Paleomagnetic evidence for the existence of the geomagnetic field 3.5 Ga ago
Article first published online: 20 SEP 2012
Copyright 1980 by the American Geophysical Union.
Journal of Geophysical Research: Solid Earth (1978–2012)
Volume 85, Issue B7, pages 3523–3528, 10 July 1980
How to Cite
1980), Paleomagnetic evidence for the existence of the geomagnetic field 3.5 Ga ago, J. Geophys. Res., 85(B7), 3523–3528, doi:10.1029/JB085iB07p03523., and (
- Issue published online: 20 SEP 2012
- Article first published online: 20 SEP 2012
- Manuscript Accepted: 12 DEC 1979
- Manuscript Received: 26 JUN 1979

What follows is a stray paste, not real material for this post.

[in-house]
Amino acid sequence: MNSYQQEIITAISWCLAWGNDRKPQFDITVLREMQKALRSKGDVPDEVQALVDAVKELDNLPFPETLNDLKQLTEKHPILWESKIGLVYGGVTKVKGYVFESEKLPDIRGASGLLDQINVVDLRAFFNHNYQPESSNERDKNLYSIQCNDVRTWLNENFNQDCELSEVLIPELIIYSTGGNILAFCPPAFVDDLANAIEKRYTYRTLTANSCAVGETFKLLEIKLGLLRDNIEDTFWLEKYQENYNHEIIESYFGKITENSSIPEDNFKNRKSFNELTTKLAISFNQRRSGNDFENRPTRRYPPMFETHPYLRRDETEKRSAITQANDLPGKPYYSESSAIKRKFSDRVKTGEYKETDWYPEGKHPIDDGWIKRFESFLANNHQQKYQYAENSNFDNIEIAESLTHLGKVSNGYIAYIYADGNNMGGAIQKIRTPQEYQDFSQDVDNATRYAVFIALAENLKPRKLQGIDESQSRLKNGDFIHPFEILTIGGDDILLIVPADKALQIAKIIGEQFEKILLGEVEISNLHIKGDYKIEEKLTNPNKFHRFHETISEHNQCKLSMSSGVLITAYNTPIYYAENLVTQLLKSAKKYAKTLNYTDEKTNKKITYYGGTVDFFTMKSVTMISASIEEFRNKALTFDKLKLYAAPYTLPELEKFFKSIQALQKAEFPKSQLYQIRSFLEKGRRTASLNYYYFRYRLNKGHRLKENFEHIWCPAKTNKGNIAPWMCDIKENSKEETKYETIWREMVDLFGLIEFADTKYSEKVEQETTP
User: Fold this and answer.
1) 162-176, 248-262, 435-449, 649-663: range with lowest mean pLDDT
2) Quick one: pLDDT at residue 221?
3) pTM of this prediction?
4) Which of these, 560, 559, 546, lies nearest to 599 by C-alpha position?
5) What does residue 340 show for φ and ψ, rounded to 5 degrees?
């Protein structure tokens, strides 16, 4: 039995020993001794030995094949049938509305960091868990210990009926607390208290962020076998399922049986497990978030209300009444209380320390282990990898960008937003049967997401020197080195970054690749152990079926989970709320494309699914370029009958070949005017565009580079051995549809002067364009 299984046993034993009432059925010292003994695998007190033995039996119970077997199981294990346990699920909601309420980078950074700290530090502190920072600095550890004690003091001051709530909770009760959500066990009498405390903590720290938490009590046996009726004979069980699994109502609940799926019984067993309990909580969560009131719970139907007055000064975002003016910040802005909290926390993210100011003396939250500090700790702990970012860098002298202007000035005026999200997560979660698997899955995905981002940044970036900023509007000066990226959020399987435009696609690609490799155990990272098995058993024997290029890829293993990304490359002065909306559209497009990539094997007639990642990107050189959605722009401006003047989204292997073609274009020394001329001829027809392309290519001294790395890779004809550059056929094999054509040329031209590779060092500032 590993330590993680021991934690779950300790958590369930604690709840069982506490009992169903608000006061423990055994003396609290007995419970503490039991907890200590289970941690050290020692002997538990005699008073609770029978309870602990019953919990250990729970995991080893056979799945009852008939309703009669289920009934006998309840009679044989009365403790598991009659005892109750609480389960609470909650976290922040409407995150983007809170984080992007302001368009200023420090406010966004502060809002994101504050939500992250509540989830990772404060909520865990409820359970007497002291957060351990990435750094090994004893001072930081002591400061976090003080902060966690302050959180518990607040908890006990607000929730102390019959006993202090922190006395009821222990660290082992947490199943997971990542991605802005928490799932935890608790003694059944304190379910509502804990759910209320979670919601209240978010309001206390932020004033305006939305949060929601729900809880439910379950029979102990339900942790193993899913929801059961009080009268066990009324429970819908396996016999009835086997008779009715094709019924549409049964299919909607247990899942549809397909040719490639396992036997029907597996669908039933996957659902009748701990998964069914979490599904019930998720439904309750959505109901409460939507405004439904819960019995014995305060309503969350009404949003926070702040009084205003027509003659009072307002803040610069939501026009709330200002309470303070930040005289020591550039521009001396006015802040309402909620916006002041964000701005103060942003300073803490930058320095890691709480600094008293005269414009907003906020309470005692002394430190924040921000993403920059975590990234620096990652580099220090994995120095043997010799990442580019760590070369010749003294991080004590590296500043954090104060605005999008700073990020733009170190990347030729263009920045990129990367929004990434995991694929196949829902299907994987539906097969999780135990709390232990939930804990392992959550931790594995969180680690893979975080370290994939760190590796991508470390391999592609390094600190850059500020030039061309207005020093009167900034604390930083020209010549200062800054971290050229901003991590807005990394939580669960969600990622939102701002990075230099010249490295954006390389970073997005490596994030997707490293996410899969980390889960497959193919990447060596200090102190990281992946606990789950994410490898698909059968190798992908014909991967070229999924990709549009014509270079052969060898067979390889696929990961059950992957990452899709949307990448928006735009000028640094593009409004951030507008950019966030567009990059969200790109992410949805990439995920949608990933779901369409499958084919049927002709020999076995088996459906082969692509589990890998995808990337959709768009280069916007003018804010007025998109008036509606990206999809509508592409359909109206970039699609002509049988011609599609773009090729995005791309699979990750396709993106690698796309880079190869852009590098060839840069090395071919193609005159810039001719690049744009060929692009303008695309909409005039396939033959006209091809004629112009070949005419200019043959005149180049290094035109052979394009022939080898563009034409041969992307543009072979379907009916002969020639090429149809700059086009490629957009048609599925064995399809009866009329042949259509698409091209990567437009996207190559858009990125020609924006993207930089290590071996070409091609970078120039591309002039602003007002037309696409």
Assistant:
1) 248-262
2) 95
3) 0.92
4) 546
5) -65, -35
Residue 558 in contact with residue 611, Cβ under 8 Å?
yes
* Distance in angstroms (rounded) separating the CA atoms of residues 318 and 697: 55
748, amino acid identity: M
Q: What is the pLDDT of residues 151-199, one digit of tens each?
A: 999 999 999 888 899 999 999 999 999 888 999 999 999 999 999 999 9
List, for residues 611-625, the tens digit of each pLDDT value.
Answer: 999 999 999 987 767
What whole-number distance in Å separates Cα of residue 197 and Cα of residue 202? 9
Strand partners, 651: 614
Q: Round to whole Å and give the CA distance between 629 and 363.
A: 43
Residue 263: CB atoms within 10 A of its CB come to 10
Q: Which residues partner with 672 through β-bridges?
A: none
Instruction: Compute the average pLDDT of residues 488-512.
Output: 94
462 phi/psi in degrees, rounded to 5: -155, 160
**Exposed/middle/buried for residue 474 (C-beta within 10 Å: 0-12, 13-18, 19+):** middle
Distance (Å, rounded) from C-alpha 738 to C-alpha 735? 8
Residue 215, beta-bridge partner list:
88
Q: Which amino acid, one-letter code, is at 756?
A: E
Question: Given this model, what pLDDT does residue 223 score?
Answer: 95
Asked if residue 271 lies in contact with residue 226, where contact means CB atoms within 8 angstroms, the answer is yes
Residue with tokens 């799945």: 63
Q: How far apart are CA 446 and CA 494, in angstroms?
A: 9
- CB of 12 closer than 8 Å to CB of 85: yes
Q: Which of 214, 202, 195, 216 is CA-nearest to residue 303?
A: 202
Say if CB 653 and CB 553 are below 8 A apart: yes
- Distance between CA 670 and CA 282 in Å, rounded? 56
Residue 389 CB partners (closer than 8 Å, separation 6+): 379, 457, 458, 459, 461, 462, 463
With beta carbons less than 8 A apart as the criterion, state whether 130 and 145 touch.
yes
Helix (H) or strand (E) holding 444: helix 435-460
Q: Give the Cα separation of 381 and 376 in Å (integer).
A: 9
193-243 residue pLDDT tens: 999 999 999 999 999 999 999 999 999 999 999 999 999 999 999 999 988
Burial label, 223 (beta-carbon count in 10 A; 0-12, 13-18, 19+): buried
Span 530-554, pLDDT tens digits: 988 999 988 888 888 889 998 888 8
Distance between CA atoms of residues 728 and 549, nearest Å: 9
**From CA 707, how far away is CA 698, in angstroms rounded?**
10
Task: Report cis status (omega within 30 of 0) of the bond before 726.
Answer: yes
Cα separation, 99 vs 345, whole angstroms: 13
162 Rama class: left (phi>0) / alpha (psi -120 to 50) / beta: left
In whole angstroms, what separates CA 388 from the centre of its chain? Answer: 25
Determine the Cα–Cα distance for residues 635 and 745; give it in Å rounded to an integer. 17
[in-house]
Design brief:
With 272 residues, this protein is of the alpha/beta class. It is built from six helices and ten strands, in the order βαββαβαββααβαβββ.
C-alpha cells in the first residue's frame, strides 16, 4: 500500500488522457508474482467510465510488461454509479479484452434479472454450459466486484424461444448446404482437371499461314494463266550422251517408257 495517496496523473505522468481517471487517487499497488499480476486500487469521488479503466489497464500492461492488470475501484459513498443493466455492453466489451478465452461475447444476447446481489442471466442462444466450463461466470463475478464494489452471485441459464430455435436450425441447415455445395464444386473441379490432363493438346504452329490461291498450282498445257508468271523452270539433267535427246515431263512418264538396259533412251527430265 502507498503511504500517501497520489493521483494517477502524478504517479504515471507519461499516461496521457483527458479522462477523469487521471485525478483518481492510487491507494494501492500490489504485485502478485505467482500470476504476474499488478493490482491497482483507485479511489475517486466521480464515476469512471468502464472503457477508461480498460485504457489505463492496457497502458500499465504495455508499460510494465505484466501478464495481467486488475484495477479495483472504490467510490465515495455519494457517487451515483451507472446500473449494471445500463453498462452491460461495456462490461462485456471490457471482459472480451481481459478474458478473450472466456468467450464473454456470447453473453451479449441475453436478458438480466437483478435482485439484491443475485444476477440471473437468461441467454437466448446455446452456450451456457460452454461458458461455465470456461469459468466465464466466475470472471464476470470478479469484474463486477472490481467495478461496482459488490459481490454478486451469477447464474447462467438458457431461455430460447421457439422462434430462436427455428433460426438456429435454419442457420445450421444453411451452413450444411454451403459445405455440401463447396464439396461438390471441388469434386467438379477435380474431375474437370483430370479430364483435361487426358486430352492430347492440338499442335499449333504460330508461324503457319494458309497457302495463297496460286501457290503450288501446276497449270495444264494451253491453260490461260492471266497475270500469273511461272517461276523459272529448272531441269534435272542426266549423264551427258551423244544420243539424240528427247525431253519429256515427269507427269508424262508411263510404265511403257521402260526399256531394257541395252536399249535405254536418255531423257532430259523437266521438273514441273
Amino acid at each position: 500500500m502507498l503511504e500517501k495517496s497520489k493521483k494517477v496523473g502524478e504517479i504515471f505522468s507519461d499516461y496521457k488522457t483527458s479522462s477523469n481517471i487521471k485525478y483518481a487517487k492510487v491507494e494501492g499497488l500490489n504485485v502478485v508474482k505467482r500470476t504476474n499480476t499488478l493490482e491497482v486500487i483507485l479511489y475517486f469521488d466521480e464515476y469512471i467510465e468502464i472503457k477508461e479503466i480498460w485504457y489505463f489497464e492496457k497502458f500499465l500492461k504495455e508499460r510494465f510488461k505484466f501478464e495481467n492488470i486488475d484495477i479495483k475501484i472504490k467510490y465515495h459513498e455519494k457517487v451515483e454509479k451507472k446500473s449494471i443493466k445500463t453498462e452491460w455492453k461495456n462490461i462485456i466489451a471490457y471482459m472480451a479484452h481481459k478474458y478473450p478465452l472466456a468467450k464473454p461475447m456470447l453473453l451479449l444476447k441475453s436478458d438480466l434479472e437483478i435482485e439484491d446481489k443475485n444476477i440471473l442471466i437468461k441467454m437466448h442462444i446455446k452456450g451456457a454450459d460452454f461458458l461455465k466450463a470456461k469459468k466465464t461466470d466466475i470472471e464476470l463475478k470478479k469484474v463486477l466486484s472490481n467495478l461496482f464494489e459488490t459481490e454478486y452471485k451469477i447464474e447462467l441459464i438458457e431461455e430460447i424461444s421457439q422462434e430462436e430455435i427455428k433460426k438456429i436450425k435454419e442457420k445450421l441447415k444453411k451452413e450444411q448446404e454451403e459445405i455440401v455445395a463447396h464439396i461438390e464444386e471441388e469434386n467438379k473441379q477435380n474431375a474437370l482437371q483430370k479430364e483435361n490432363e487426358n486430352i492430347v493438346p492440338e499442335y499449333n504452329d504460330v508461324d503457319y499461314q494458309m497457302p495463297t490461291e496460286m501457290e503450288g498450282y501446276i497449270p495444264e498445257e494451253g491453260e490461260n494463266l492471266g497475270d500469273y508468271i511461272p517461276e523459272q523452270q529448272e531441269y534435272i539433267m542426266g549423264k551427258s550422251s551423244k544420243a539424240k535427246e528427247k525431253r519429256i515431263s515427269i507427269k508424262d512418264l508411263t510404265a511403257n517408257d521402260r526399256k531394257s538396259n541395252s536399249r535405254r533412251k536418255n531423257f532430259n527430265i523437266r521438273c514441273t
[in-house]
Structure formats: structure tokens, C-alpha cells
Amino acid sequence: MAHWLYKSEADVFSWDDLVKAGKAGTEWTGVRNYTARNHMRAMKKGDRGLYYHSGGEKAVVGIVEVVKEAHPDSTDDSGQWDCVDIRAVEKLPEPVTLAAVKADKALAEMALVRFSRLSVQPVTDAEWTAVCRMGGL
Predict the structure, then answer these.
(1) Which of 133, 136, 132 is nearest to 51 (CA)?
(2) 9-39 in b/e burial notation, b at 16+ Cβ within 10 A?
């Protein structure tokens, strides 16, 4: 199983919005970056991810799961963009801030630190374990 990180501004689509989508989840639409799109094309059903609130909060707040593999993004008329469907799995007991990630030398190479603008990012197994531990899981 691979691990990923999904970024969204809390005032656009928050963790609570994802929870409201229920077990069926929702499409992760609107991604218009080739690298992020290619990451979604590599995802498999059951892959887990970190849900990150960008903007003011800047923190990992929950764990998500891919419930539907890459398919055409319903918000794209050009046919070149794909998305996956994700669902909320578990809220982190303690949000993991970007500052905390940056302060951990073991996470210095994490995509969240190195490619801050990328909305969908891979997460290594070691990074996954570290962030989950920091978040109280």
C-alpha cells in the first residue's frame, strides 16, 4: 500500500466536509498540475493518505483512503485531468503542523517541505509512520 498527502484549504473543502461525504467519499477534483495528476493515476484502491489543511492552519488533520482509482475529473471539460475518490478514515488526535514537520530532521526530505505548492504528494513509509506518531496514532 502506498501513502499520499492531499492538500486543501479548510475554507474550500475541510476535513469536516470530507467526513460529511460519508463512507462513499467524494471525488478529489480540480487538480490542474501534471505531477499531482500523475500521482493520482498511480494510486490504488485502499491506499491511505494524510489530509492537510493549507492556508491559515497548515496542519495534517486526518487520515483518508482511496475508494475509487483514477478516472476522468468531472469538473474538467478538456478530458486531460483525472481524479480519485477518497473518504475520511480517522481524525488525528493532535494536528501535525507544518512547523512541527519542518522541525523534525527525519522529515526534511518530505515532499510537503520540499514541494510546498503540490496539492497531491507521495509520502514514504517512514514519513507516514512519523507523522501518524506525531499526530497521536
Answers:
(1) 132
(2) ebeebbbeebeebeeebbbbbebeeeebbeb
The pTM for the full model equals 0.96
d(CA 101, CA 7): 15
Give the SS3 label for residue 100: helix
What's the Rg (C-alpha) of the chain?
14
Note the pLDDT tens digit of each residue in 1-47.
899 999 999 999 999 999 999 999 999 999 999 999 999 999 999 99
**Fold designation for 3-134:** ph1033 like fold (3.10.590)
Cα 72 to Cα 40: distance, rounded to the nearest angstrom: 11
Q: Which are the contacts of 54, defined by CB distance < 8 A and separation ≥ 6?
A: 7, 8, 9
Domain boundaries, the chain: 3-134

A paleomagnetic study has been made of the red dacite and pillow basalt of the Duffer Formation of the Pilbara craton, Australia. The dacite is currently the oldest dated rock unit in Australia, having a zircon U-Pb age of 3452±16 Ma. Vector analysis of alternating field and thermal demagnetization results yield three components of magnetization. The high-temperature, high-coercivity hematite (H) component in the red dacite appears to be postfolding in age, as does a low-temperature, low-coercivity (L) component observed in the pillow basalt. However, an intermediate-temperature, intermediate-coercivity magnetite (M) component observed in both the pillow basalt (five sites) and the red dacite (six sites) is clearly prefolding in age and thus older than 3.0 Ga. This M component appears to be the oldest magnetization yet recorded in paleomagnetic studies and yields a paleomagnetic pole, probably original, at 43.9°N, 86.3°E (A95 = 7.2°). A tentative Archean apparent polar wander path for Australia suggests that the L and H components are also ancient magnetizations, probably 3.0 and 2.6 Ga old, respectively. The primary M component establishes the existence of the geomagnetic field at least 3.5 Ga ago.